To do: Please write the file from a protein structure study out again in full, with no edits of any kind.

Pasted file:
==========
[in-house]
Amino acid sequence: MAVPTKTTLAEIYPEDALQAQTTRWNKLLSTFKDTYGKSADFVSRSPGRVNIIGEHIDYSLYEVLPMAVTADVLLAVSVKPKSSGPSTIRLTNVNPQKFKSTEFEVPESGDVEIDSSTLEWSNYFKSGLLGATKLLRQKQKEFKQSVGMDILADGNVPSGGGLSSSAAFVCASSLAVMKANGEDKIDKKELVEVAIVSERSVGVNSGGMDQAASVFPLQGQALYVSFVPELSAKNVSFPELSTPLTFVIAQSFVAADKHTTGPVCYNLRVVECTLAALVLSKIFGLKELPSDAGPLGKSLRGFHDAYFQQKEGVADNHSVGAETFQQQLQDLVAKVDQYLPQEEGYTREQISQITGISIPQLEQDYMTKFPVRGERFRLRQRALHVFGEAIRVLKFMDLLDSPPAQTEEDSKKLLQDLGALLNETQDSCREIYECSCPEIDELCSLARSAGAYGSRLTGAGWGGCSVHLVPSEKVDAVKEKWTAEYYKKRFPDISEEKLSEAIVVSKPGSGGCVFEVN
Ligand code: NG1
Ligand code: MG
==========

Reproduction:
[in-house]
Amino acid sequence: MAVPTKTTLAEIYPEDALQAQTTRWNKLLSTFKDTYGKSADFVSRSPGRVNIIGEHIDYSLYEVLPMAVTADVLLAVSVKPKSSGPSTIRLTNVNPQKFKSTEFEVPESGDVEIDSSTLEWSNYFKSGLLGATKLLRQKQKEFKQSVGMDILADGNVPSGGGLSSSAAFVCASSLAVMKANGEDKIDKKELVEVAIVSERSVGVNSGGMDQAASVFPLQGQALYVSFVPELSAKNVSFPELSTPLTFVIAQSFVAADKHTTGPVCYNLRVVECTLAALVLSKIFGLKELPSDAGPLGKSLRGFHDAYFQQKEGVADNHSVGAETFQQQLQDLVAKVDQYLPQEEGYTREQISQITGISIPQLEQDYMTKFPVRGERFRLRQRALHVFGEAIRVLKFMDLLDSPPAQTEEDSKKLLQDLGALLNETQDSCREIYECSCPEIDELCSLARSAGAYGSRLTGAGWGGCSVHLVPSEKVDAVKEKWTAEYYKKRFPDISEEKLSEAIVVSKPGSGGCVFEVN
Ligand code: NG1
Ligand code: MG